The new regulations will come on the heels of the 2022 Inflation Reduction Act, which helped boost demand for electric vehicles by providing tax incentives of up to $7,500 to car buyers as well as billions in incentives for battery manufacturing, critical metal processing and mining.

Transportation is the largest source of greenhouse gases generated by the United States, and it is the second largest polluter on the planet after China. Rapidly phasing out gasoline-powered cars along with electric models would help Mr. Biden deliver on his pledge to halve the country’s emissions by 2030 and effectively eliminate them by mid-century.

The proposed automobile emissions rule is even more urgent than the goal Biden set in a White House speech in 2021. Speaking on the South Lawn and surrounded by a line of electric vehicles, including a Ford F-150 Lightning, a Chevrolet released Bolt EV and a Jeep Wrangler, Mr. Biden issued an executive order calling for federal policies to ensure that half of new cars sold will be all-electric by 2030.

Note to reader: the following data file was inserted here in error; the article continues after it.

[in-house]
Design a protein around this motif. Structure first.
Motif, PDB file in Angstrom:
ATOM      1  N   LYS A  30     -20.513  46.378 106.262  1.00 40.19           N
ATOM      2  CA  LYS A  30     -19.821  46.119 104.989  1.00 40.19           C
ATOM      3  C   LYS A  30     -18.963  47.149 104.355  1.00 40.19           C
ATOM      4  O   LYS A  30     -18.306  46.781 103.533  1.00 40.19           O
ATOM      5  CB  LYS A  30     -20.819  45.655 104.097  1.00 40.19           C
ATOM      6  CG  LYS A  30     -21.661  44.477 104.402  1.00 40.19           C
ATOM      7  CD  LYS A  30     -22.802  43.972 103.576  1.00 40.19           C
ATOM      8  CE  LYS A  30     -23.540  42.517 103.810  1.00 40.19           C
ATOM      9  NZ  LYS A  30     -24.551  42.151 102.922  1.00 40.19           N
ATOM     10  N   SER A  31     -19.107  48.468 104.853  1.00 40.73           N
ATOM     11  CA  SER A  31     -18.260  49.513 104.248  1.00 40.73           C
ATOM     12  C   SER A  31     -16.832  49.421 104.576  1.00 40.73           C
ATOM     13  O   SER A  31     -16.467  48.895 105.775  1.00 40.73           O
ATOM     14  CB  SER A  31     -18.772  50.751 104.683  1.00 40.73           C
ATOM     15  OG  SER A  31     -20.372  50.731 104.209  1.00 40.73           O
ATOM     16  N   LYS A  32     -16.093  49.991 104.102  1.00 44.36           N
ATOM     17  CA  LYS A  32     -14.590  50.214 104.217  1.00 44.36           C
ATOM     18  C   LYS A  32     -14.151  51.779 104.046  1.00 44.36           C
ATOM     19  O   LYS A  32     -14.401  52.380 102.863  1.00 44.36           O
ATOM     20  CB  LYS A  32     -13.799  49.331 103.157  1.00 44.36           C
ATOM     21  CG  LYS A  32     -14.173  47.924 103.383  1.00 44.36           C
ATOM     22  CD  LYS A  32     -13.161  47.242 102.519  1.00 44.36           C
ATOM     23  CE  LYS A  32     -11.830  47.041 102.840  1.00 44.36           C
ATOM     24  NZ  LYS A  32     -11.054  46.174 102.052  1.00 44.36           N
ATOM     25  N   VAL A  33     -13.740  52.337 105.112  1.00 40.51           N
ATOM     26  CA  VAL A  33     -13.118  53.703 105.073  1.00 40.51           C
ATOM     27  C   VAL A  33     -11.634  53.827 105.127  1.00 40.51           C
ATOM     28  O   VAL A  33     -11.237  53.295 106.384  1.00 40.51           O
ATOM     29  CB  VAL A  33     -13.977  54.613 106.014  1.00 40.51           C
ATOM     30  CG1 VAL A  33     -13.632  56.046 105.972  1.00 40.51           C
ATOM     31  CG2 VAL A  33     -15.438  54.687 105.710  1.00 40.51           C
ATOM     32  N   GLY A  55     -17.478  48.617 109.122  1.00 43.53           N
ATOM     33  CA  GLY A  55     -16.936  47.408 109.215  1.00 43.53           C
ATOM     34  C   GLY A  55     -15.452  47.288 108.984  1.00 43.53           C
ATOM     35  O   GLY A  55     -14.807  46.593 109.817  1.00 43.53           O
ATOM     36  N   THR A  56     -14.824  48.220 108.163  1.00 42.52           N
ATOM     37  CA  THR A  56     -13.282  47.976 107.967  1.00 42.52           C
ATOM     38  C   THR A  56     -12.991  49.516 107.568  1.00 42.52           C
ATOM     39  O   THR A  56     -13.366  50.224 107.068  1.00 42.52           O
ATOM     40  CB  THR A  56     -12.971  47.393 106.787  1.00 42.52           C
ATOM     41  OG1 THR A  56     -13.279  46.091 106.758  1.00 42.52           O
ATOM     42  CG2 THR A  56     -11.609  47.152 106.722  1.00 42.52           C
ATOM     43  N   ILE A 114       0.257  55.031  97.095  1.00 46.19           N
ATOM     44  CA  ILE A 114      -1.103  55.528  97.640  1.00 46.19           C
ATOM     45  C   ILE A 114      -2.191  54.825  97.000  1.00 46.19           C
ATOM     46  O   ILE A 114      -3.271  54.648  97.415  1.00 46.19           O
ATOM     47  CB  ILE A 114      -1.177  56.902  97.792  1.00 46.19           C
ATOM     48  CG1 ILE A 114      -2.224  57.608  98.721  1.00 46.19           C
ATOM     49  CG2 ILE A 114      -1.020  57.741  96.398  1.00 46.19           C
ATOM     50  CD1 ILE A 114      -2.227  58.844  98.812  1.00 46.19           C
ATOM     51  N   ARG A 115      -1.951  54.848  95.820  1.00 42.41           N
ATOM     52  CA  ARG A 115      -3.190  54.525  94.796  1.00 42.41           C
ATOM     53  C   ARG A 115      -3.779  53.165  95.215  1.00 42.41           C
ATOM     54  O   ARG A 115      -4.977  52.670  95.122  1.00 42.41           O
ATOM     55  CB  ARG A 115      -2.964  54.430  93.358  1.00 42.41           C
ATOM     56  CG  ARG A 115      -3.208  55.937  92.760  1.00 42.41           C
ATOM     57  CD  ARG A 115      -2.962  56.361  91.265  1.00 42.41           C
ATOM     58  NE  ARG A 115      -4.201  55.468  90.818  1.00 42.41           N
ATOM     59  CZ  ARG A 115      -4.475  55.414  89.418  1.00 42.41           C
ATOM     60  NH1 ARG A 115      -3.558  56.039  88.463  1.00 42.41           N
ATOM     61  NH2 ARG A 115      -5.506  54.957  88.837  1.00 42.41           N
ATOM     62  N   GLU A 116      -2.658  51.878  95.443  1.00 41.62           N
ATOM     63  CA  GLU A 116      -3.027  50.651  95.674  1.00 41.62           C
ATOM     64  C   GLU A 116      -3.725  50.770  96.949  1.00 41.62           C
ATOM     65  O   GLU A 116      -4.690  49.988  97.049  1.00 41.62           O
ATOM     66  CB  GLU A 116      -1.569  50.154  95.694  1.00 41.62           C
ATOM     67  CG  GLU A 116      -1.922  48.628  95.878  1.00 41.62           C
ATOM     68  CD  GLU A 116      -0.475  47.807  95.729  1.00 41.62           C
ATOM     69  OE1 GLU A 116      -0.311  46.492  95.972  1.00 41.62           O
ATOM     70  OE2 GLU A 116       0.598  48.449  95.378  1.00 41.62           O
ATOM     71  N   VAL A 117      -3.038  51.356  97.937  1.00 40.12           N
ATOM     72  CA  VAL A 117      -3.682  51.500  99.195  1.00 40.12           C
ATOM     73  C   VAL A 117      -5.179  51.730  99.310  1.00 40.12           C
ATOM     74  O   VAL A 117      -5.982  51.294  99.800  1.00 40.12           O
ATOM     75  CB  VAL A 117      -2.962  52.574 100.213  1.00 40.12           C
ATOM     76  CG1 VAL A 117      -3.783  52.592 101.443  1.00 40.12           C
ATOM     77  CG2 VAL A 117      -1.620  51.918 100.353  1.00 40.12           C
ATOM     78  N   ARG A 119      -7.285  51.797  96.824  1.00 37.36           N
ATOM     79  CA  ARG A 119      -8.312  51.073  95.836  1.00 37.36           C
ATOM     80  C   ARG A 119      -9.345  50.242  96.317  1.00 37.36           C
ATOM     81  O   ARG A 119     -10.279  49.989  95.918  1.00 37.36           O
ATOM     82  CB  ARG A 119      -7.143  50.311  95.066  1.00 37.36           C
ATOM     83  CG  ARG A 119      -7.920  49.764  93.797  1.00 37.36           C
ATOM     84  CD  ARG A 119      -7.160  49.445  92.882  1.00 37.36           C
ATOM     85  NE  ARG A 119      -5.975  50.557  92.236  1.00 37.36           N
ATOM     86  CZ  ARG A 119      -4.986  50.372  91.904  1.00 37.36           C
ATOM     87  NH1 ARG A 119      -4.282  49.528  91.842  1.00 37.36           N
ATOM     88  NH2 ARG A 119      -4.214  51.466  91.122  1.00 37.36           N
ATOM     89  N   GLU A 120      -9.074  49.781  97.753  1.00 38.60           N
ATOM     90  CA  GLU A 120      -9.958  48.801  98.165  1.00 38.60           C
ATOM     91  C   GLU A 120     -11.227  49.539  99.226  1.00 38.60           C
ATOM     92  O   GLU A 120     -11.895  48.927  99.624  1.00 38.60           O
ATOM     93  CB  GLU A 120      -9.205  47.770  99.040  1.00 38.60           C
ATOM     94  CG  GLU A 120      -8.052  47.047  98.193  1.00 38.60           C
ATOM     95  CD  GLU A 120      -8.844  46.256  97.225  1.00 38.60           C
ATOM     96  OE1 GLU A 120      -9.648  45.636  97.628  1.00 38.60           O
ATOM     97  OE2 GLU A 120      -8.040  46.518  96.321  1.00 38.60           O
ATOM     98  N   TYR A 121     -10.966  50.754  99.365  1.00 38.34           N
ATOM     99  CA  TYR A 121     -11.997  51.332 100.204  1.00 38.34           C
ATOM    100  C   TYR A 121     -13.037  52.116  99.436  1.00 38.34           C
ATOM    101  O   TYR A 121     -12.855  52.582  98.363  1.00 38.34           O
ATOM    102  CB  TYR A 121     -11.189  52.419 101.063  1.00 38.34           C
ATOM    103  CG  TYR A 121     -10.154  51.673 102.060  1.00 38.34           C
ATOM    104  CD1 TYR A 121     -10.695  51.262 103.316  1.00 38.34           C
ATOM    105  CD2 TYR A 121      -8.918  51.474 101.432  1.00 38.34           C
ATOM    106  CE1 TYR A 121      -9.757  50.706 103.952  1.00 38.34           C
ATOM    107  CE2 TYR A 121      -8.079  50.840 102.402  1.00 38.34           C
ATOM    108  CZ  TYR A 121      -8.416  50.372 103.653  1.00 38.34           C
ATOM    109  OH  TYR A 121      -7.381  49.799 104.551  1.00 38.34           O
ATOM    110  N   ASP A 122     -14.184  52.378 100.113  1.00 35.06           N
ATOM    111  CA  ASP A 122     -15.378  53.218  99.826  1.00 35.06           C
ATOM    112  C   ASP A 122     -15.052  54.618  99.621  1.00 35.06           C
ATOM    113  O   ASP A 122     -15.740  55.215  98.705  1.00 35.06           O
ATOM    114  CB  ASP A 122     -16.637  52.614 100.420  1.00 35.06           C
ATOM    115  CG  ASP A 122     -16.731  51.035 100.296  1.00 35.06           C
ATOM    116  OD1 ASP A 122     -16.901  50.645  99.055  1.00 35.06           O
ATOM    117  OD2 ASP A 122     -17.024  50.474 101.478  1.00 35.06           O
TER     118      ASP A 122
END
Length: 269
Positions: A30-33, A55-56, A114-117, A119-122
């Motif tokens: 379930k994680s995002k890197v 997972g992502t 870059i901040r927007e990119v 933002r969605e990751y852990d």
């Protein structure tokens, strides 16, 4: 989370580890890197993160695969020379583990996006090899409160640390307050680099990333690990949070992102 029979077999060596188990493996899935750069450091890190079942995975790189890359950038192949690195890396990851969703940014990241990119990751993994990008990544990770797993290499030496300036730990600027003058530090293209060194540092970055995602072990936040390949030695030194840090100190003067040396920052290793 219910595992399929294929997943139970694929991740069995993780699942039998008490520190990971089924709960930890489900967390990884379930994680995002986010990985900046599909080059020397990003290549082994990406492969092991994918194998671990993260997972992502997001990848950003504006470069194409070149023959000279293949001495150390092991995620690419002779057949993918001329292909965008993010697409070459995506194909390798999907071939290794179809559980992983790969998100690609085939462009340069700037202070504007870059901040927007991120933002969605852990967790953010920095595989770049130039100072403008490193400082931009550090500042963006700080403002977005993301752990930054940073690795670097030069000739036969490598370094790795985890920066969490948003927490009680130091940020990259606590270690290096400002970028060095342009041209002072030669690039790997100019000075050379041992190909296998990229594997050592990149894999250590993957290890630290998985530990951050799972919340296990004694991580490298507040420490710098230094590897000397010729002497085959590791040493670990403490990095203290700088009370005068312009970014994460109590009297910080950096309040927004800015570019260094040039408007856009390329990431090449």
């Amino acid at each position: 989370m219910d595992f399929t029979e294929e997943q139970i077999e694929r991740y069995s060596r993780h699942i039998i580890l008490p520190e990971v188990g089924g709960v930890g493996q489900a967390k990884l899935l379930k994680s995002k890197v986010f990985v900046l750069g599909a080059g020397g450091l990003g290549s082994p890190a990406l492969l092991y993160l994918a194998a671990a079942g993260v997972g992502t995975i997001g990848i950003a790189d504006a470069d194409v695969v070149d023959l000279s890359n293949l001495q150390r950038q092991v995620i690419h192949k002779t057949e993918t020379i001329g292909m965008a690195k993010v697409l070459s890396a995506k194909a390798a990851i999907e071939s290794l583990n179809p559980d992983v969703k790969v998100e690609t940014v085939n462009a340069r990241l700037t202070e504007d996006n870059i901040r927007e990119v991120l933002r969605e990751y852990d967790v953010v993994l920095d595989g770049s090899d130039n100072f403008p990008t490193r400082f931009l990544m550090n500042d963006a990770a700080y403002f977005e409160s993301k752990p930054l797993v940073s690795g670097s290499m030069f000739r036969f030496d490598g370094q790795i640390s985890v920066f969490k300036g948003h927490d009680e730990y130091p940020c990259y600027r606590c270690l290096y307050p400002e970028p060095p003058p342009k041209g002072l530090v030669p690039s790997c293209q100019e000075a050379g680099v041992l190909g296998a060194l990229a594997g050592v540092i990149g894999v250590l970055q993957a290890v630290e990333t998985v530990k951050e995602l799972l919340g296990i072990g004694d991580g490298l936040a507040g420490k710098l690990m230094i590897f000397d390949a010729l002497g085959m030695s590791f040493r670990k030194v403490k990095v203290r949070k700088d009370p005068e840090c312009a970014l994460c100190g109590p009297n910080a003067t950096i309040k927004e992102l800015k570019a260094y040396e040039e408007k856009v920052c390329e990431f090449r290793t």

“There’s a vision of the future that’s starting to happen right now,” Biden said at the time, “the future of the electric vehicle industry — battery electric, hybrid electric, fuel cell electric.”

But climate policy experts said the transition to zero-emission vehicles must move faster to avoid planetary catastrophe. A report released by the International Energy Agency in 2021 found that countries would have to stop sales of new gasoline-powered cars by 2035 to keep average global temperatures from increasing by 1.5 degrees Celsius (2.7 degrees Fahrenheit) compared to pre-industrial levels. After this point, scientists say, the effects of catastrophic heat waves, floods, droughts, crop failures and species extinction will become much more difficult for humanity to deal with. The planet has already warmed by an average of 1.1°C.